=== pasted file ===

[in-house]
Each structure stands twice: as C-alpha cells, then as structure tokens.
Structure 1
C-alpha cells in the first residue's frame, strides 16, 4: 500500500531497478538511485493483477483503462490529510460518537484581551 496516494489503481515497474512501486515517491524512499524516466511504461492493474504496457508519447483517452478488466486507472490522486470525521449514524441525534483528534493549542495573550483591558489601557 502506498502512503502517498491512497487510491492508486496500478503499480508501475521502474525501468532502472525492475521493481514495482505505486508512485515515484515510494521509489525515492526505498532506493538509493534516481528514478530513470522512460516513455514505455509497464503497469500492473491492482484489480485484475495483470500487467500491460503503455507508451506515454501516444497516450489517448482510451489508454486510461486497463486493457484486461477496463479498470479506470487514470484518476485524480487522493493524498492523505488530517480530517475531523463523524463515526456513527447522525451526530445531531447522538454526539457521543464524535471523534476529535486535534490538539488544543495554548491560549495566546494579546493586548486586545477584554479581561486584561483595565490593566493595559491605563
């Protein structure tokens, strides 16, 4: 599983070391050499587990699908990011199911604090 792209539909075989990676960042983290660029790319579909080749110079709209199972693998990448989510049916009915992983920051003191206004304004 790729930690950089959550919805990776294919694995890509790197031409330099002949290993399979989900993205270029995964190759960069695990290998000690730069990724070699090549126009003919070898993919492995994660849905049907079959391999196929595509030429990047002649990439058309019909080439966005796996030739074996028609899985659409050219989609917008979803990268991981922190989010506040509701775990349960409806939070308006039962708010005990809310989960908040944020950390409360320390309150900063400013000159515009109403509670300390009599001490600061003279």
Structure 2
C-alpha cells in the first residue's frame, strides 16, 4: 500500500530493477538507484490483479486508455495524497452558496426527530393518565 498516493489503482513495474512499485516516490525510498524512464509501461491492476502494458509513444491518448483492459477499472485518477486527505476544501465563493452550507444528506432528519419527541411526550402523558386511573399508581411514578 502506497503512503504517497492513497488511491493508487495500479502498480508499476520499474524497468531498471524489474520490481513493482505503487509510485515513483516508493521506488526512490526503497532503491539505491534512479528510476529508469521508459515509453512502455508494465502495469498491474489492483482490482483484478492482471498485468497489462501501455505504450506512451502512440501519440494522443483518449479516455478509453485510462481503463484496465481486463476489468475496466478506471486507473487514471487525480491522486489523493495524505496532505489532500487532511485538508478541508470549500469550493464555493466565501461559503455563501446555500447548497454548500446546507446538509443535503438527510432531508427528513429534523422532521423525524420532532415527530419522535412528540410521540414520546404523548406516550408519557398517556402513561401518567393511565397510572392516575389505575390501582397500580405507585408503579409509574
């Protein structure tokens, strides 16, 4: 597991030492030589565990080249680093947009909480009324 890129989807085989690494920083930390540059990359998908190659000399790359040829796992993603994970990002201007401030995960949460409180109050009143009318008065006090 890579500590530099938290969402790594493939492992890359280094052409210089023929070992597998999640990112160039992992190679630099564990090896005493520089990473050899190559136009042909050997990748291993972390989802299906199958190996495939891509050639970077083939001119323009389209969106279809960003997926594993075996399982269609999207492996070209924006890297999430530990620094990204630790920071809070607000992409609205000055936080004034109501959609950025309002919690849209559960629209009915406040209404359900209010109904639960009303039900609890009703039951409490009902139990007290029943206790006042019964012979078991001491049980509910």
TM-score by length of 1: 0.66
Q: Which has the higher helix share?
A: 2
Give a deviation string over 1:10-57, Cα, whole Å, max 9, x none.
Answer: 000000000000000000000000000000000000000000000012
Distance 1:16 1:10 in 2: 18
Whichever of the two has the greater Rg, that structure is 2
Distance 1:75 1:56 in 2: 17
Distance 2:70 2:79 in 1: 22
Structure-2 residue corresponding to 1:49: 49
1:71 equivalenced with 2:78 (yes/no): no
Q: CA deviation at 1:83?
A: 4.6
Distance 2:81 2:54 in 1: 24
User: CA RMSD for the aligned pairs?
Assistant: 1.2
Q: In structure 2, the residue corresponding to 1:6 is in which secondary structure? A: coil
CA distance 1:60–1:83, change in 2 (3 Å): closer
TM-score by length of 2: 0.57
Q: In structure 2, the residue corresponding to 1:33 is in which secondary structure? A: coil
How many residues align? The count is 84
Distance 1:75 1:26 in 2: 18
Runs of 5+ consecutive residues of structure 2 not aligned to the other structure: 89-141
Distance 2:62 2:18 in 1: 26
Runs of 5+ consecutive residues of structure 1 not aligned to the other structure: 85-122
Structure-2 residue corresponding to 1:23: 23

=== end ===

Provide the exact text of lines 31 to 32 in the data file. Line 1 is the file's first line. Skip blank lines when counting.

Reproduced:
Runs of 5+ consecutive residues of structure 2 not aligned to the other structure: 89-141
Distance 2:62 2:18 in 1: 26